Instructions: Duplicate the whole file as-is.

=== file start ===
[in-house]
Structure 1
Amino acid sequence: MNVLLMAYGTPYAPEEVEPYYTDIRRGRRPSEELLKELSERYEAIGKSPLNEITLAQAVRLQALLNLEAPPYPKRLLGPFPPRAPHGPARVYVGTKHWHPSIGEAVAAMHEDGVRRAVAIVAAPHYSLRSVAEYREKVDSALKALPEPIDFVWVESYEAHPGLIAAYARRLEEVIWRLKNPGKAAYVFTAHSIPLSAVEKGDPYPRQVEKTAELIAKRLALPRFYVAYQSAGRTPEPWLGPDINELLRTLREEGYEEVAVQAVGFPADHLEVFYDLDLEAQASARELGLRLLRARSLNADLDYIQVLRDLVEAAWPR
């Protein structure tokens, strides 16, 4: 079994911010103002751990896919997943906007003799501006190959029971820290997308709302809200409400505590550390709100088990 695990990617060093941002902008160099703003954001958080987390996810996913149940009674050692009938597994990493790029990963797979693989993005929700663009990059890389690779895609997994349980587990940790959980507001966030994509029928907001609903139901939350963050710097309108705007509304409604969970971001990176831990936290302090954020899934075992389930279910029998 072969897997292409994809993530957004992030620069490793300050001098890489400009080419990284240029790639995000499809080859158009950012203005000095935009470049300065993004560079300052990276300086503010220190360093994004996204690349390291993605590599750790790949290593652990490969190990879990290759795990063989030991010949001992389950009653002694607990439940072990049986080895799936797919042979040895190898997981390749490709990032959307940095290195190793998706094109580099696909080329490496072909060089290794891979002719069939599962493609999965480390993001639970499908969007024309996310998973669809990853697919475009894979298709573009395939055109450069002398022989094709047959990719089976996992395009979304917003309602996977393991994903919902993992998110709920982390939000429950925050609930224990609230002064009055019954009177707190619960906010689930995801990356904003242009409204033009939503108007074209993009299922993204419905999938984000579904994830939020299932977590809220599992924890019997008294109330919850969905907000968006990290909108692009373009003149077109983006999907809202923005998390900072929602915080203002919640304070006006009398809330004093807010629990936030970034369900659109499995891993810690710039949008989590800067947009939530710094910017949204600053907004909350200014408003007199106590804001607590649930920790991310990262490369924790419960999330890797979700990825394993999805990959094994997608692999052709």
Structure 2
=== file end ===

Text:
[in-house]
Structure 1
Amino acid sequence: MNVLLMAYGTPYAPEEVEPYYTDIRRGRRPSEELLKELSERYEAIGKSPLNEITLAQAVRLQALLNLEAPPYPKRLLGPFPPRAPHGPARVYVGTKHWHPSIGEAVAAMHEDGVRRAVAIVAAPHYSLRSVAEYREKVDSALKALPEPIDFVWVESYEAHPGLIAAYARRLEEVIWRLKNPGKAAYVFTAHSIPLSAVEKGDPYPRQVEKTAELIAKRLALPRFYVAYQSAGRTPEPWLGPDINELLRTLREEGYEEVAVQAVGFPADHLEVFYDLDLEAQASARELGLRLLRARSLNADLDYIQVLRDLVEAAWPR
């Protein structure tokens, strides 16, 4: 079994911010103002751990896919997943906007003799501006190959029971820290997308709302809200409400505590550390709100088990 695990990617060093941002902008160099703003954001958080987390996810996913149940009674050692009938597994990493790029990963797979693989993005929700663009990059890389690779895609997994349980587990940790959980507001966030994509029928907001609903139901939350963050710097309108705007509304409604969970971001990176831990936290302090954020899934075992389930279910029998 072969897997292409994809993530957004992030620069490793300050001098890489400009080419990284240029790639995000499809080859158009950012203005000095935009470049300065993004560079300052990276300086503010220190360093994004996204690349390291993605590599750790790949290593652990490969190990879990290759795990063989030991010949001992389950009653002694607990439940072990049986080895799936797919042979040895190898997981390749490709990032959307940095290195190793998706094109580099696909080329490496072909060089290794891979002719069939599962493609999965480390993001639970499908969007024309996310998973669809990853697919475009894979298709573009395939055109450069002398022989094709047959990719089976996992395009979304917003309602996977393991994903919902993992998110709920982390939000429950925050609930224990609230002064009055019954009177707190619960906010689930995801990356904003242009409204033009939503108007074209993009299922993204419905999938984000579904994830939020299932977590809220599992924890019997008294109330919850969905907000968006990290909108692009373009003149077109983006999907809202923005998390900072929602915080203002919640304070006006009398809330004093807010629990936030970034369900659109499995891993810690710039949008989590800067947009939530710094910017949204600053907004909350200014408003007199106590804001607590649930920790991310990262490369924790419960999330890797979700990825394993999805990959094994997608692999052709």
Structure 2